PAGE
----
Letters

Poetry and the art of medicine

BMJ 1994; 308 doi: http://dx.doi.org/10.1136/bmj.308.6920.63 (Published 01 January 1994) Cite this as: BMJ 1994;308:63
  1. R Phillipp,
  2. K Coppell,
  3. H Freeman
  1. Department of Epidemiology and Public Health Medicine, University of Bristol, Bristol BS8 2PR Holborn Medical Centre, London WC1N 3LW London W1H 1RE.

    EDITOR, - Poetry has been likened to medicine in that “like the physician, the poet tries first to grasp, then to control, the reality of the human predicament.”1 In support of this likeness anthologies of poems by doctor-poets have been published, such as Apollo, published by the BMJ in 1990 as part of the celebrations for its 150th anniversary.2

    Doctors have read poems at night to help calm agitated patients; suggested that poems could be included in annual practice reports; and reported that, for research purposes, medical students and doctors could be asked to express their feelings in poetry during or after a consultation. The poetic images that result when patients are invited to write and illustrate poems about their experiences of doctors and hospitals are also evocative; in one study of children's paintings a 5 year old wrote: “This is my doctor he always tickles me sometimes.” Doctors have also used poems for emphasis. For example, in his inaugural address one professor of general practice quoted Robert Burns's poem “To A Louse” to note that “if we as doctors are to respond to the needs of our communities we must listen to our patients' views and ‘see oursels as ithers see us.”4 The chairman of the BMA's council, talking about the health hazards of scientific and technological advances, quoted George Crabbe: “Man who knows no good unmix'd and pure, Oft finds a poison where he sought a cure.”5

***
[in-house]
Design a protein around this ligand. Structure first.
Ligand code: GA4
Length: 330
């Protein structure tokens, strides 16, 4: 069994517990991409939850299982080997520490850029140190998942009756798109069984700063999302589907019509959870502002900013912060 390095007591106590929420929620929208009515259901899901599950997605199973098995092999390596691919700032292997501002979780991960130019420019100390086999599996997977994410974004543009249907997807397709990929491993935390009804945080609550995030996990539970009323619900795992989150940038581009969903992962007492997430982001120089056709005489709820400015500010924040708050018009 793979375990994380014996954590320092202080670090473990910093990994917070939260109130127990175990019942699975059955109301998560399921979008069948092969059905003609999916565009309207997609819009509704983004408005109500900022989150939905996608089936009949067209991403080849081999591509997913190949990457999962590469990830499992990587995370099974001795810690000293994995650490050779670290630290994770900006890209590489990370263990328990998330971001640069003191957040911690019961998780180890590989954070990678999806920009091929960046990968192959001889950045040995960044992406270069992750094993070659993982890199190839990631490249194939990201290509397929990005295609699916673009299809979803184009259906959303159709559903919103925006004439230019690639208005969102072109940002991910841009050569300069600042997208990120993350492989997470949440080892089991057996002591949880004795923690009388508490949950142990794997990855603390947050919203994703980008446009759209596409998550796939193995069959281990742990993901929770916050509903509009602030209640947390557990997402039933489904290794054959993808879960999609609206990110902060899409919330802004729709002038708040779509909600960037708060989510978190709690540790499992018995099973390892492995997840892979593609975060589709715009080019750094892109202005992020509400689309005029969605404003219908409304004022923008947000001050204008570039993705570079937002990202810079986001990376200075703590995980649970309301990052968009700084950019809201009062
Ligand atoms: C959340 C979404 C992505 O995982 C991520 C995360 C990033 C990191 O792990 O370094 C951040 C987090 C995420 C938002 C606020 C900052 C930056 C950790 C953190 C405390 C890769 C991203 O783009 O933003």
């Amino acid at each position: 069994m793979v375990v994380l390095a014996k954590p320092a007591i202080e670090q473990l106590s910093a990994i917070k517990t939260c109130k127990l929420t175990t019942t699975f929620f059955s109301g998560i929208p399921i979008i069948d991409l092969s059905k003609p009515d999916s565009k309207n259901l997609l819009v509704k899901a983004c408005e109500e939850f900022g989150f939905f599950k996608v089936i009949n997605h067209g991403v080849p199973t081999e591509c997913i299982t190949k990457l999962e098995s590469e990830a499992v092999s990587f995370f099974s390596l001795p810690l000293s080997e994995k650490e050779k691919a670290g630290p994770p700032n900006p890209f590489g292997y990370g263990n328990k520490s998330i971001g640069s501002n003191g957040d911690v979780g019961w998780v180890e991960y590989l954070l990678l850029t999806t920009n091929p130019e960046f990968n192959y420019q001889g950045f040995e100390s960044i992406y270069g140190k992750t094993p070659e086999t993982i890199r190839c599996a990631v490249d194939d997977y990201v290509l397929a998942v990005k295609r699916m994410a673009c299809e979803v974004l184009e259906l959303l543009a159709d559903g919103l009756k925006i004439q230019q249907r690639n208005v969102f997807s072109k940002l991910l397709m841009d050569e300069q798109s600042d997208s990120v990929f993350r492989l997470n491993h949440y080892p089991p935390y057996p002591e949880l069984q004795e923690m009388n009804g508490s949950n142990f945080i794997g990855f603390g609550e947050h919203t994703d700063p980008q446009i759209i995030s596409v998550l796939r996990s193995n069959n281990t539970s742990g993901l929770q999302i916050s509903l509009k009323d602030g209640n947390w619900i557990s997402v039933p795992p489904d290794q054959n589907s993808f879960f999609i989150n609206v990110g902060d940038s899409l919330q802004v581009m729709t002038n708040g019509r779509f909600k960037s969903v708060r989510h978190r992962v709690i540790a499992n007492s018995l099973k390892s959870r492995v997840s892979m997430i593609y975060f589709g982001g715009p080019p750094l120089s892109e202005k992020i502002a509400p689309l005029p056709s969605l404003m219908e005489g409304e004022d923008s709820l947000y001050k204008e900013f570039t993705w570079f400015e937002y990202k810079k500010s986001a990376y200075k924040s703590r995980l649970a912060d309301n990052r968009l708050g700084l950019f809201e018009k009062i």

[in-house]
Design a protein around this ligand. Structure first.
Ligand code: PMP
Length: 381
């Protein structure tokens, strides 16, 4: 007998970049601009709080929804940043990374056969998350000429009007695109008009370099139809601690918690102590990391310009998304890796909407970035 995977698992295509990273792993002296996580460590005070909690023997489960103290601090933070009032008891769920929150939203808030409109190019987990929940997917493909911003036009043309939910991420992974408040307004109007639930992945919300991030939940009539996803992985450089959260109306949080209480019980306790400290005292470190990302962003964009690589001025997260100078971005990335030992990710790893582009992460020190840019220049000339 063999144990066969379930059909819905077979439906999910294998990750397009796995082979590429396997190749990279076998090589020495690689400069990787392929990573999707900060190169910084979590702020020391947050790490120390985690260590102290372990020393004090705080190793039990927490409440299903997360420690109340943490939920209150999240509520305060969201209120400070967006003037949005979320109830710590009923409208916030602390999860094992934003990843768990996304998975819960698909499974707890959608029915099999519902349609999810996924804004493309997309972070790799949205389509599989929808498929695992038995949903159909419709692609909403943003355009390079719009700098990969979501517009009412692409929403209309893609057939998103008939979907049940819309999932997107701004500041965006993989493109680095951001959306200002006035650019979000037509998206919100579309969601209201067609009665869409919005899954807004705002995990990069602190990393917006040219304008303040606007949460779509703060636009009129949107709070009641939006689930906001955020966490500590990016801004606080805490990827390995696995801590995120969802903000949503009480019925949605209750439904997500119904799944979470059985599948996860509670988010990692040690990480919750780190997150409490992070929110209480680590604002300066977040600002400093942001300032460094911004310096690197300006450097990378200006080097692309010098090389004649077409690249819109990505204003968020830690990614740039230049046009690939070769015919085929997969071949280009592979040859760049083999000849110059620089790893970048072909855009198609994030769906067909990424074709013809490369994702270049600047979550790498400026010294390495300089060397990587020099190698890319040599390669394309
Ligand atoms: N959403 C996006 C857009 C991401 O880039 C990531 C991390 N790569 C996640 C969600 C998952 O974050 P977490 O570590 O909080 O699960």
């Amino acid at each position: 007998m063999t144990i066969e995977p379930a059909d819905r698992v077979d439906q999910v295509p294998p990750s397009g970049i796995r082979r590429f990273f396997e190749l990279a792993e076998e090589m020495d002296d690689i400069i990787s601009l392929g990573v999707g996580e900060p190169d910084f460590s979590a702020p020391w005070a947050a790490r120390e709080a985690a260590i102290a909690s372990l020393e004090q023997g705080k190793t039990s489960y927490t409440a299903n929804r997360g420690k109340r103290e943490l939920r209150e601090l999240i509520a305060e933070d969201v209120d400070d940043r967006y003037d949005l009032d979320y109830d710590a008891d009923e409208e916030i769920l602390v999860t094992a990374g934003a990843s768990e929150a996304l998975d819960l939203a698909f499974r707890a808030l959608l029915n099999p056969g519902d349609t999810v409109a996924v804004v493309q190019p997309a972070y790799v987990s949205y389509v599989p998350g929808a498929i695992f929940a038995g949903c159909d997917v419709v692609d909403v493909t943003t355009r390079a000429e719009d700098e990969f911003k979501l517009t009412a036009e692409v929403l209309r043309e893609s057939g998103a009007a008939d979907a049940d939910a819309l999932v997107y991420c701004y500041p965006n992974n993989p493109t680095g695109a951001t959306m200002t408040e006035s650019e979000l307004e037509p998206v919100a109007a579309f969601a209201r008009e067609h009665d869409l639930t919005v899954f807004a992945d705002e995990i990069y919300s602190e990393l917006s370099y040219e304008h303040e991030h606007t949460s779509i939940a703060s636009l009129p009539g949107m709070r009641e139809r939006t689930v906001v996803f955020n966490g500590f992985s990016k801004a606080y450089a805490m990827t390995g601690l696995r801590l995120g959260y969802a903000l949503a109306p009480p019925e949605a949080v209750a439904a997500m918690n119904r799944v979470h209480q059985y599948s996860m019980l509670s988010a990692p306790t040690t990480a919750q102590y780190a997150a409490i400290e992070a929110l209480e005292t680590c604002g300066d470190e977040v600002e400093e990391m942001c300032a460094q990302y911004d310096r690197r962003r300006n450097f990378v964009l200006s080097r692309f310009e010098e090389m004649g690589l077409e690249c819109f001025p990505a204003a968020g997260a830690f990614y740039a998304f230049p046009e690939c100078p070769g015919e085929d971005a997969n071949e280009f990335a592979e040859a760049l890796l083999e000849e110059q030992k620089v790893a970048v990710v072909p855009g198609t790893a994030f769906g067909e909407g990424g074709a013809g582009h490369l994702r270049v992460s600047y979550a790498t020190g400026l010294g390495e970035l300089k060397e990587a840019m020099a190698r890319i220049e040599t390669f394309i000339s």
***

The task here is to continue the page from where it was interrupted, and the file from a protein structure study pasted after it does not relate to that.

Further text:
But could or does reading or writing poetry benefit health? Do we or should we encourage patients, or try ourselves, to express thoughts as poetry? In a project with the World Health Organisation Regional Office for Europe and as part of our interest in mental health and the environment, we welcome comments.

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